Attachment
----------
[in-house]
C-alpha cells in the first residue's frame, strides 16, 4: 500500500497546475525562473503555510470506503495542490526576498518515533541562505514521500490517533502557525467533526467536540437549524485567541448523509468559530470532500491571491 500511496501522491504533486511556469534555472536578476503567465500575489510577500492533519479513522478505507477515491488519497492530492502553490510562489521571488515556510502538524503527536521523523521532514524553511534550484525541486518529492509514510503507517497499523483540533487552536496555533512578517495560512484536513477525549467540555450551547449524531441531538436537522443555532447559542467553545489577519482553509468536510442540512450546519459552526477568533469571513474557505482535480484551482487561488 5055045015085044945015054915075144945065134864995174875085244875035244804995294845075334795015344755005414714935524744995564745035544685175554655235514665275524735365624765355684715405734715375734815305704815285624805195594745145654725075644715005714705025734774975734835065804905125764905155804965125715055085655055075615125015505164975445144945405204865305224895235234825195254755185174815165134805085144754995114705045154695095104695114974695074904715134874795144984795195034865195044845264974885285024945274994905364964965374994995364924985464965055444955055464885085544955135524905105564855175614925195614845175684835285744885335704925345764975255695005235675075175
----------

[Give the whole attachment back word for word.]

[in-house]
C-alpha cells in the first residue's frame, strides 16, 4: 500500500497546475525562473503555510470506503495542490526576498518515533541562505514521500490517533502557525467533526467536540437549524485567541448523509468559530470532500491571491 500511496501522491504533486511556469534555472536578476503567465500575489510577500492533519479513522478505507477515491488519497492530492502553490510562489521571488515556510502538524503527536521523523521532514524553511534550484525541486518529492509514510503507517497499523483540533487552536496555533512578517495560512484536513477525549467540555450551547449524531441531538436537522443555532447559542467553545489577519482553509468536510442540512450546519459552526477568533469571513474557505482535480484551482487561488 5055045015085044945015054915075144945065134864995174875085244875035244804995294845075334795015344755005414714935524744995564745035544685175554655235514665275524735365624765355684715405734715375734815305704815285624805195594745145654725075644715005714705025734774975734835065804905125764905155804965125715055085655055075615125015505164975445144945405204865305224895235234825195254755185174815165134805085144754995114705045154695095104695114974695074904715134874795144984795195034865195044845264974885285024945274994905364964965374994995364924985464965055444955055464885085544955135524905105564855175614925195614845175684835285744885335704925345764975255695005235675075175